More stuff from the Grab Bag

July 13, 2018

It’s been a while, hasn’t it?  Real Life (TM) seems to take up much of my time lately.  I finally have enough steam to write and plenty on my mind so here it goes.

I’ve finally gotten around to reading Panzer Army Africa by James Lucas.  I have read as far as Operation Crusader and getting ready to start the section on Gazala but have formed some opinions.  I think Mr. Lucas does well when he lays out the details.  His writing style, while a bit dry at times, is to the point and easy enough to read.  I am enjoying the book so far.  I do have some quibbles.  The author tends to spin some of the facts to show the British in a bad light with regard to  equipment (especially tanks) and leadership.  For instance, the chapter on Crusader is called Rommel Deflects Crusader.  Honestly, Rommel did not “deflect” anything.  He was beaten and driven back to his early 1941 start line.  The author states that the 2-lbr anti-tank gun was “useless” which is also not true.  It was quite capable of knocking out German tanks in the desert at 500 yards.  These guns were quite useful though they did have their flaws – the lack of a high explosive shell and the relatively short range for instance.    If you can ignore the author’s opinions, the book does a nice job of telling the story of the North African campaign from the German perspective.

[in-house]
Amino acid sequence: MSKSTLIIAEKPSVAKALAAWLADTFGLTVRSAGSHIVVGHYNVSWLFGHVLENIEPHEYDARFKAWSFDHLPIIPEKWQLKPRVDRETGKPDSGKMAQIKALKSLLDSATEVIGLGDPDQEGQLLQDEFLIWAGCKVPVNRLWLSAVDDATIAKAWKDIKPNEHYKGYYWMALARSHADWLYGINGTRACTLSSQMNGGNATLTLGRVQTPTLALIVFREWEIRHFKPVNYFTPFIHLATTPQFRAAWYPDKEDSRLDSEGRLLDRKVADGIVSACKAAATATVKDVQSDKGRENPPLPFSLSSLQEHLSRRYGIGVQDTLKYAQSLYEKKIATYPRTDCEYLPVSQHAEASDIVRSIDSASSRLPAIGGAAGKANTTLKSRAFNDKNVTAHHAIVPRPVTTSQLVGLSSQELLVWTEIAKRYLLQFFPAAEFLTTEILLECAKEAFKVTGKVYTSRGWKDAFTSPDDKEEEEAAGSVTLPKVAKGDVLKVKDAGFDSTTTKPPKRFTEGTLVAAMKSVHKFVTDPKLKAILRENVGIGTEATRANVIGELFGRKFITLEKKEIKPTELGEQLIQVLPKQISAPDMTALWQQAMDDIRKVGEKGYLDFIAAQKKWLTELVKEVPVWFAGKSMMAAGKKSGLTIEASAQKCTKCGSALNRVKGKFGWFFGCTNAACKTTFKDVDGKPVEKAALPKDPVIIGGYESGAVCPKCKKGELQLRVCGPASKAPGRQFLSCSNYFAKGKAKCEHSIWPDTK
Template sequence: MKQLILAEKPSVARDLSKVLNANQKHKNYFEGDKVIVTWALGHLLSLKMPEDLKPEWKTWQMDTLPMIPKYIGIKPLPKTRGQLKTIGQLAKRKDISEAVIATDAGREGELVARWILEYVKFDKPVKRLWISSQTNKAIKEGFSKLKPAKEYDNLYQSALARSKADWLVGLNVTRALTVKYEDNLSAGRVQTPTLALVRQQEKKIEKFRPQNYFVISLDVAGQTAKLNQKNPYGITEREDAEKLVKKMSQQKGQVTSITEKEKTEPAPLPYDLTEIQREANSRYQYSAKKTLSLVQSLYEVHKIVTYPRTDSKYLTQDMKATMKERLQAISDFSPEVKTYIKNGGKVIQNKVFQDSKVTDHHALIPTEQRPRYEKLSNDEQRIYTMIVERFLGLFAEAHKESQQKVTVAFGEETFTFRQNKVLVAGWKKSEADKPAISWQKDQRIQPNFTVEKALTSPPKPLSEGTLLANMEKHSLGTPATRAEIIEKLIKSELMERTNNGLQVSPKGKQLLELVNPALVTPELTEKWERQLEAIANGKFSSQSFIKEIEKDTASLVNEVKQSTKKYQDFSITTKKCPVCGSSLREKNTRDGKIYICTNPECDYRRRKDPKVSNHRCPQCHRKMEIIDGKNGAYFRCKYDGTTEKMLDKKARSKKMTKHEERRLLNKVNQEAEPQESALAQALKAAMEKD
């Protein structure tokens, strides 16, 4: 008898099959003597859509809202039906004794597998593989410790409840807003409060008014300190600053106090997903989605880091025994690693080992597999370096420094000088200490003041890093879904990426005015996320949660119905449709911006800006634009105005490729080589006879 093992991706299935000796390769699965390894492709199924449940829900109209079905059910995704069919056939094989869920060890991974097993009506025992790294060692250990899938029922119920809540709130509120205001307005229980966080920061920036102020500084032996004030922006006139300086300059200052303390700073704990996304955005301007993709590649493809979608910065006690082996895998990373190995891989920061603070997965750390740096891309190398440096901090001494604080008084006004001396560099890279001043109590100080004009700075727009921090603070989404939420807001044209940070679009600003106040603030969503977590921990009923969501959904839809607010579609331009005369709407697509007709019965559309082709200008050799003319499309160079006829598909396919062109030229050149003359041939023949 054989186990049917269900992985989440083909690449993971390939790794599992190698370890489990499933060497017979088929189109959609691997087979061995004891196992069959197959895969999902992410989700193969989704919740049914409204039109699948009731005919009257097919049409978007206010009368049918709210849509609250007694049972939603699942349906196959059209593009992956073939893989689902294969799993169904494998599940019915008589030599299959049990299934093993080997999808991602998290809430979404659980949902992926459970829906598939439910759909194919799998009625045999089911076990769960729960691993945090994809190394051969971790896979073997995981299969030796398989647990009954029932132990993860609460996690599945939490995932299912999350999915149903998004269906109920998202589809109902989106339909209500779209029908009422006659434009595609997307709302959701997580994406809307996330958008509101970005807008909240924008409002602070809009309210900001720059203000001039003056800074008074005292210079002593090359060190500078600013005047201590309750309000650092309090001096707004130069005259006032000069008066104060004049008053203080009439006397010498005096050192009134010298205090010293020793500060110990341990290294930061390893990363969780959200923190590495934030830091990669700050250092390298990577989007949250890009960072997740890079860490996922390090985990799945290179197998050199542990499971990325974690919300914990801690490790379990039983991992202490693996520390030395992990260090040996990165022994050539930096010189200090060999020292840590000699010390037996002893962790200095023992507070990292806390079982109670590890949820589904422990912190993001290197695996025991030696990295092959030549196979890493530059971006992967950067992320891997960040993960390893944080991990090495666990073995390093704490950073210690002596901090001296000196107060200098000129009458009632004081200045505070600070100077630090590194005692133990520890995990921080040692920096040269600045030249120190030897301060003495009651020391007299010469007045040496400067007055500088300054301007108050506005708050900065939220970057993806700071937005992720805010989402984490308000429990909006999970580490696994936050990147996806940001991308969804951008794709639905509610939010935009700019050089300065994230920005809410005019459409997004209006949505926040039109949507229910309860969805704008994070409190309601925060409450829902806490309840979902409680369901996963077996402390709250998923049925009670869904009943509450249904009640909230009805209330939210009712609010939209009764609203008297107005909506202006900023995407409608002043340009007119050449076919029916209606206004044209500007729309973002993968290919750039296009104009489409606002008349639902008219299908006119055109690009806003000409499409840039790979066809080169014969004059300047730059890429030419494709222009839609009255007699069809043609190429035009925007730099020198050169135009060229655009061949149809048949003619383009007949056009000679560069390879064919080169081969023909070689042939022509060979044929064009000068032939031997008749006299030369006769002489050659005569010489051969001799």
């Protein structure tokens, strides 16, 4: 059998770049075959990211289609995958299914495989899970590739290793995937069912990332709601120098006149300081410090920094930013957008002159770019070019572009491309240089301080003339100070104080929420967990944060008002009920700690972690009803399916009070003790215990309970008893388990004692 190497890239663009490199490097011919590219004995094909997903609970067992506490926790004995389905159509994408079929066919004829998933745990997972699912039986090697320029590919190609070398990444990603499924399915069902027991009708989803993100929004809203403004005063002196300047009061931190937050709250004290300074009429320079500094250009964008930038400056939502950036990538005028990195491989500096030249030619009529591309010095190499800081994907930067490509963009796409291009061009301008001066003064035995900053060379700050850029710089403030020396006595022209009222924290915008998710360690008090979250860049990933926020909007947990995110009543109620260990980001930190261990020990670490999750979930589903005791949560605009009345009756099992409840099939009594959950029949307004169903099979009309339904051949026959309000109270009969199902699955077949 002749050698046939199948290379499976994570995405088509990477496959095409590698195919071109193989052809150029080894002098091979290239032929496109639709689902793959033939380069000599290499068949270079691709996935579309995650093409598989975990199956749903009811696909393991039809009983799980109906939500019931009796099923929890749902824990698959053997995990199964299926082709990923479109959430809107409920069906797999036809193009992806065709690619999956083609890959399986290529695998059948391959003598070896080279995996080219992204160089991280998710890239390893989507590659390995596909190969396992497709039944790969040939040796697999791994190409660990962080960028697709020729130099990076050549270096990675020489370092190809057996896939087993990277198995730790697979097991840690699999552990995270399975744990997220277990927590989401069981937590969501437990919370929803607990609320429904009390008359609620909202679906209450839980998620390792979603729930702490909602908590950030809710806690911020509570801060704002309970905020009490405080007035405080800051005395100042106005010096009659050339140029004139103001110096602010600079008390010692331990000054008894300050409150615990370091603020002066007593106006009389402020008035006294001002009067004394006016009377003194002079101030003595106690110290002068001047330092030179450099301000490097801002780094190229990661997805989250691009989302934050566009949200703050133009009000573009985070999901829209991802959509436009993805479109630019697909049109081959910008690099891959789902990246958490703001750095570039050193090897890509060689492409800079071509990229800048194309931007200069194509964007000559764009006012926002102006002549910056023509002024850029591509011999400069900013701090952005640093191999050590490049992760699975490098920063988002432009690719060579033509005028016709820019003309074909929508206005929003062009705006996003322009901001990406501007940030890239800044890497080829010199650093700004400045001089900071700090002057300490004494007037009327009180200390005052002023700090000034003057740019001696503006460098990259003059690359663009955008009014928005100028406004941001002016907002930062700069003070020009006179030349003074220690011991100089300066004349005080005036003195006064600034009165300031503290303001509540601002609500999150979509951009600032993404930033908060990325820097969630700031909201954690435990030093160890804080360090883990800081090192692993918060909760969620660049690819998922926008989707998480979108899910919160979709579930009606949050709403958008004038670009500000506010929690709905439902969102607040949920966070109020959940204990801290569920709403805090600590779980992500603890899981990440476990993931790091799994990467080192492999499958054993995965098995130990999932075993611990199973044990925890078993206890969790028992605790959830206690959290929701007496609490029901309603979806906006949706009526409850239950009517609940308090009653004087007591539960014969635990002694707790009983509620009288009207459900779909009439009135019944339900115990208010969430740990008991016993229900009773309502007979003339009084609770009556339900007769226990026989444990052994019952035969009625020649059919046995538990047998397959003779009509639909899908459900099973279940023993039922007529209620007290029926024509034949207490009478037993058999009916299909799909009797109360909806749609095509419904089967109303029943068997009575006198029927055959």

I’ve been eyeing up a game called “Table Battles” by Hollandspiele for sometime now.  I finally took a chance and bought the Wargame Vault PDF version.  I’ve not played yet but am very much looking forward to some games with my son.  It is a static and abstract game that allows you to play out any battle in history on a small table.  There are cards that represent the various formations or wings in a battle line.  You use dice to “power” the various attack abilities on the cards.  One card might need 4’s while another card might need doubles or even a small straight.  One review joked that it had elements of Yatzee.  Why, yes.  Yes it does.  The PDF does require that you assemble the cards and you do need to provide some match sticks and cubes as well as 12 dice, 6 per side.  The match sticks are to be painted in red or blue (one color per army) and you will need about 40 per side.  The cube can be painted a neutral color or just left natural wood.  I have the cards printed but not cut out yet.  I also have the cubes and blue army painted.  My red craft paint dried out so I will be making a trip to the craft store for another bottle.  I probably won’t get a battle in before I leave on vacation.